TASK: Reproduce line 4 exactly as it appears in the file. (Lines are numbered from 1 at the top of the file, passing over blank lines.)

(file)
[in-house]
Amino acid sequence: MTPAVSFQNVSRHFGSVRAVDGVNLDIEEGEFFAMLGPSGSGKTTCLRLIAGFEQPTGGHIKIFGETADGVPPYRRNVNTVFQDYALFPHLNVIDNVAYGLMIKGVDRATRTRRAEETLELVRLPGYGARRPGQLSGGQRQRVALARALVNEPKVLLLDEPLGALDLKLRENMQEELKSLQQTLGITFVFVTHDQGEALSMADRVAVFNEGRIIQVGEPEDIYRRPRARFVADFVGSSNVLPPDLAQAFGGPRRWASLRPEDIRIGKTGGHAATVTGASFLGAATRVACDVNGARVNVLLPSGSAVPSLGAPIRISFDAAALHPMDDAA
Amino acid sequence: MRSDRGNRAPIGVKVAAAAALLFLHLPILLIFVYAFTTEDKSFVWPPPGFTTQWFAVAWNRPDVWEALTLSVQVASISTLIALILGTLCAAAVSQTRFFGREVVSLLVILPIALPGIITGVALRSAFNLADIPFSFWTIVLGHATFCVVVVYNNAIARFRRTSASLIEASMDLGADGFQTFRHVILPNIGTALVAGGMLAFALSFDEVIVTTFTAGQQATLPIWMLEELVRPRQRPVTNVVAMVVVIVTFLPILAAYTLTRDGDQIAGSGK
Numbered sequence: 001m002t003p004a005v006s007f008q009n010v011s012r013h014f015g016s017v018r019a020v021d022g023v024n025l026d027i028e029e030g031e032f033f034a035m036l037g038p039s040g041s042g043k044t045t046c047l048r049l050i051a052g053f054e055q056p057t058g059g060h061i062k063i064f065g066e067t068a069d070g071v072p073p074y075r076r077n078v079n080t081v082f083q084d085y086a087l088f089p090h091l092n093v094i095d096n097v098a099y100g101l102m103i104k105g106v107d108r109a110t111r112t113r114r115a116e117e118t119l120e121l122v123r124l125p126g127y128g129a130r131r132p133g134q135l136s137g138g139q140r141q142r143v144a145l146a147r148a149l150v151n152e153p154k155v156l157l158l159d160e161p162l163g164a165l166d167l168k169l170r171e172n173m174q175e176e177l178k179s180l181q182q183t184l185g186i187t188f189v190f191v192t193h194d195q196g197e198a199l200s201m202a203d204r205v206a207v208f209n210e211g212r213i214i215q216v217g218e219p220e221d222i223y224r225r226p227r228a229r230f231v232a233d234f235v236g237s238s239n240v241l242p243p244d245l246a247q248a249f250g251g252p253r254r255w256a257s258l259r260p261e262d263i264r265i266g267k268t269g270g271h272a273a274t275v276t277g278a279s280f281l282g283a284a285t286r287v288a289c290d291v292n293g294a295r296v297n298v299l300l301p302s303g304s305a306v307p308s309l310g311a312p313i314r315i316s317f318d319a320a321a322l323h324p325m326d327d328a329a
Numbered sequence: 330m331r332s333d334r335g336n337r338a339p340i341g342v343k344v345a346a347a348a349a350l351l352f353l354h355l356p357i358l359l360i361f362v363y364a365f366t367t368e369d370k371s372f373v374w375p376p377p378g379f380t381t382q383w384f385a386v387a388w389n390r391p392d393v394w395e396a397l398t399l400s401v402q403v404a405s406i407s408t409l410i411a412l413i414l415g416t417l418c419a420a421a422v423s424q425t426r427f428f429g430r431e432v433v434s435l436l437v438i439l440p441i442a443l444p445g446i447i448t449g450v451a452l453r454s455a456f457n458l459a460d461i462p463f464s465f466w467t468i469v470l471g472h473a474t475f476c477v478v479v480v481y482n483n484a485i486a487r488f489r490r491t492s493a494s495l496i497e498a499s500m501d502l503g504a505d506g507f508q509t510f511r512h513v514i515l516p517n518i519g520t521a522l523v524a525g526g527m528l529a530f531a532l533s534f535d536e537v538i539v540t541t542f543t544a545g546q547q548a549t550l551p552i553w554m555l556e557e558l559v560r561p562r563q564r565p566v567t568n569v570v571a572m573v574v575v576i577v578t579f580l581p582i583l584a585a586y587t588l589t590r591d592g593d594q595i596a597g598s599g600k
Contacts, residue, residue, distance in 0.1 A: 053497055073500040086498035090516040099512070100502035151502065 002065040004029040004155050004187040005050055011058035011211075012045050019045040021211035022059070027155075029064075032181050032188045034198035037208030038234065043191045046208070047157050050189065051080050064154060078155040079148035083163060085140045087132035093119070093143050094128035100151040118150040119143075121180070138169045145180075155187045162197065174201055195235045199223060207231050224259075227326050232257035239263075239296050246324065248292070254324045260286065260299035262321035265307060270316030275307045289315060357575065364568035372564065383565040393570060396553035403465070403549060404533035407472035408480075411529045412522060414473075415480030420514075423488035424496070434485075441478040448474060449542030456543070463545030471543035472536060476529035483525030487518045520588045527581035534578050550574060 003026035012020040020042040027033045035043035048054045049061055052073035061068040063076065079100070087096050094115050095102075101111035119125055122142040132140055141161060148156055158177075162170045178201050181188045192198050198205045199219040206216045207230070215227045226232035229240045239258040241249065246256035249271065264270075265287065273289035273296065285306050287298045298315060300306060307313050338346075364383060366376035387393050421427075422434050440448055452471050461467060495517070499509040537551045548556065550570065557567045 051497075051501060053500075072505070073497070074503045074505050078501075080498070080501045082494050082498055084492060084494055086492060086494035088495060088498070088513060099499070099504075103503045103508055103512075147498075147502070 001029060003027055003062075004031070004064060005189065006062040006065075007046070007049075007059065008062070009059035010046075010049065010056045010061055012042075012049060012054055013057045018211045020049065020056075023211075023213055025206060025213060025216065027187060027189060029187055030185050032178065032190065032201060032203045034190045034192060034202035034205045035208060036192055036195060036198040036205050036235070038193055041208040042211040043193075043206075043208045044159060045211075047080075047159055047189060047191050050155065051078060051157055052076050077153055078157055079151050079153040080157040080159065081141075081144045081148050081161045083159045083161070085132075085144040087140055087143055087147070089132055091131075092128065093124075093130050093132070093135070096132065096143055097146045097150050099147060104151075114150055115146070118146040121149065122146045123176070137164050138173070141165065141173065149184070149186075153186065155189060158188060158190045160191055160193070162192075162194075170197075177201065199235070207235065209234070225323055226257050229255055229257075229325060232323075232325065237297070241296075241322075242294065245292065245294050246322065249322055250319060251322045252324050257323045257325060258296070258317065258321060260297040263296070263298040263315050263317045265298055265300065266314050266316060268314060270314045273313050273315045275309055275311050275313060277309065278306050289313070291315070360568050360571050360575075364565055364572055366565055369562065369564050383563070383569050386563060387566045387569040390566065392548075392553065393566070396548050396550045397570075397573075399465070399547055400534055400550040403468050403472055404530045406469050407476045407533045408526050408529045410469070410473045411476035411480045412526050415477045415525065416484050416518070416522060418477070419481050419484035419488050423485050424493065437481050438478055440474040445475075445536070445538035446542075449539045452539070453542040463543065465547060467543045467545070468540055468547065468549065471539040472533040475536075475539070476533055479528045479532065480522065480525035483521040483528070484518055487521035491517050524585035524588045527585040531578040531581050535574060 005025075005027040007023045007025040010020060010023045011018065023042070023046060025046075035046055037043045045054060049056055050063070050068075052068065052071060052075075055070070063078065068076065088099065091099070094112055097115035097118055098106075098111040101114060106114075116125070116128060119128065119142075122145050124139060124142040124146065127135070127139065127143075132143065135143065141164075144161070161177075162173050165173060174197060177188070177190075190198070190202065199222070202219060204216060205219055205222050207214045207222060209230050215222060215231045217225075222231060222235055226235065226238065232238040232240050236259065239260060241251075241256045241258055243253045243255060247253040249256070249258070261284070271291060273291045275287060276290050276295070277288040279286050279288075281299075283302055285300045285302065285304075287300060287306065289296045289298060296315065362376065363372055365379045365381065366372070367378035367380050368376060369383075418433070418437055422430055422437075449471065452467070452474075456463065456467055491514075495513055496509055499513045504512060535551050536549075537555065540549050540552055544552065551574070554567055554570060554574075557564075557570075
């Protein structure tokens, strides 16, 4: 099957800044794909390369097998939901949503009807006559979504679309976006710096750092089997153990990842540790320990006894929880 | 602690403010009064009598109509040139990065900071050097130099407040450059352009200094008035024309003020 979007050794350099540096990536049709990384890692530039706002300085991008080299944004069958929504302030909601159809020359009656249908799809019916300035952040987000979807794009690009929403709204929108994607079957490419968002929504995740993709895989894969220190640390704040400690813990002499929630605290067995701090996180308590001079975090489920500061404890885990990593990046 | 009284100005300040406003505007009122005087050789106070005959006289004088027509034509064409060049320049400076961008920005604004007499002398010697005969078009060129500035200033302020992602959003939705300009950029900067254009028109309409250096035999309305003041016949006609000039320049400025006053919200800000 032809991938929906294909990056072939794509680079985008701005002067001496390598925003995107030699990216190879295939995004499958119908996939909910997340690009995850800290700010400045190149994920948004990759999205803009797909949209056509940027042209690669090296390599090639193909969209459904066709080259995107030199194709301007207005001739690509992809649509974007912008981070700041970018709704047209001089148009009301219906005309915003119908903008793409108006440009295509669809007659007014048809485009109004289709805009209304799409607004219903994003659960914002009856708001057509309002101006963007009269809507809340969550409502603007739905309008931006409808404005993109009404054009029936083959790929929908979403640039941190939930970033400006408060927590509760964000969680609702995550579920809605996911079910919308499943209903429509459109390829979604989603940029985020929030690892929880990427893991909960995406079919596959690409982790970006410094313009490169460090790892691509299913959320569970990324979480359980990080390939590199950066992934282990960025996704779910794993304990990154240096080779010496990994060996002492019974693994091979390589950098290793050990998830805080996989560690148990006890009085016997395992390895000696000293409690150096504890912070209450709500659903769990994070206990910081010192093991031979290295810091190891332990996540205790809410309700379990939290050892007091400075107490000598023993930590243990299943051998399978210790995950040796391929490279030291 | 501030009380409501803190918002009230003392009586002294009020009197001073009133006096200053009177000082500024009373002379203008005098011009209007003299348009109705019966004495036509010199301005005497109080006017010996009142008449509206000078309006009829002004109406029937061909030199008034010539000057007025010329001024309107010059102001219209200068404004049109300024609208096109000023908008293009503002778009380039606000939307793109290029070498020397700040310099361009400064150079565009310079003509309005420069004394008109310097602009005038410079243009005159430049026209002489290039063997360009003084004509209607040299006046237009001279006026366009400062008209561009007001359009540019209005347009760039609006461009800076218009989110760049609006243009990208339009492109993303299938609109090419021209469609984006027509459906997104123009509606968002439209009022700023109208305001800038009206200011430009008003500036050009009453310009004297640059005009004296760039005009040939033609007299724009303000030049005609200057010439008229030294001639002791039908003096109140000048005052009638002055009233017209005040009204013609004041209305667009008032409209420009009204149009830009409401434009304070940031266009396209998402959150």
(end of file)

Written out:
Numbered sequence: 001m002t003p004a005v006s007f008q009n010v011s012r013h014f015g016s017v018r019a020v021d022g023v024n025l026d027i028e029e030g031e032f033f034a035m036l037g038p039s040g041s042g043k044t045t046c047l048r049l050i051a052g053f054e055q056p057t058g059g060h061i062k063i064f065g066e067t068a069d070g071v072p073p074y075r076r077n078v079n080t081v082f083q084d085y086a087l088f089p090h091l092n093v094i095d096n097v098a099y100g101l102m103i104k105g106v107d108r109a110t111r112t113r114r115a116e117e118t119l120e121l122v123r124l125p126g127y128g129a130r131r132p133g134q135l136s137g138g139q140r141q142r143v144a145l146a147r148a149l150v151n152e153p154k155v156l157l158l159d160e161p162l163g164a165l166d167l168k169l170r171e172n173m174q175e176e177l178k179s180l181q182q183t184l185g186i187t188f189v190f191v192t193h194d195q196g197e198a199l200s201m202a203d204r205v206a207v208f209n210e211g212r213i214i215q216v217g218e219p220e221d222i223y224r225r226p227r228a229r230f231v232a233d234f235v236g237s238s239n240v241l242p243p244d245l246a247q248a249f250g251g252p253r254r255w256a257s258l259r260p261e262d263i264r265i266g267k268t269g270g271h272a273a274t275v276t277g278a279s280f281l282g283a284a285t286r287v288a289c290d291v292n293g294a295r296v297n298v299l300l301p302s303g304s305a306v307p308s309l310g311a312p313i314r315i316s317f318d319a320a321a322l323h324p325m326d327d328a329a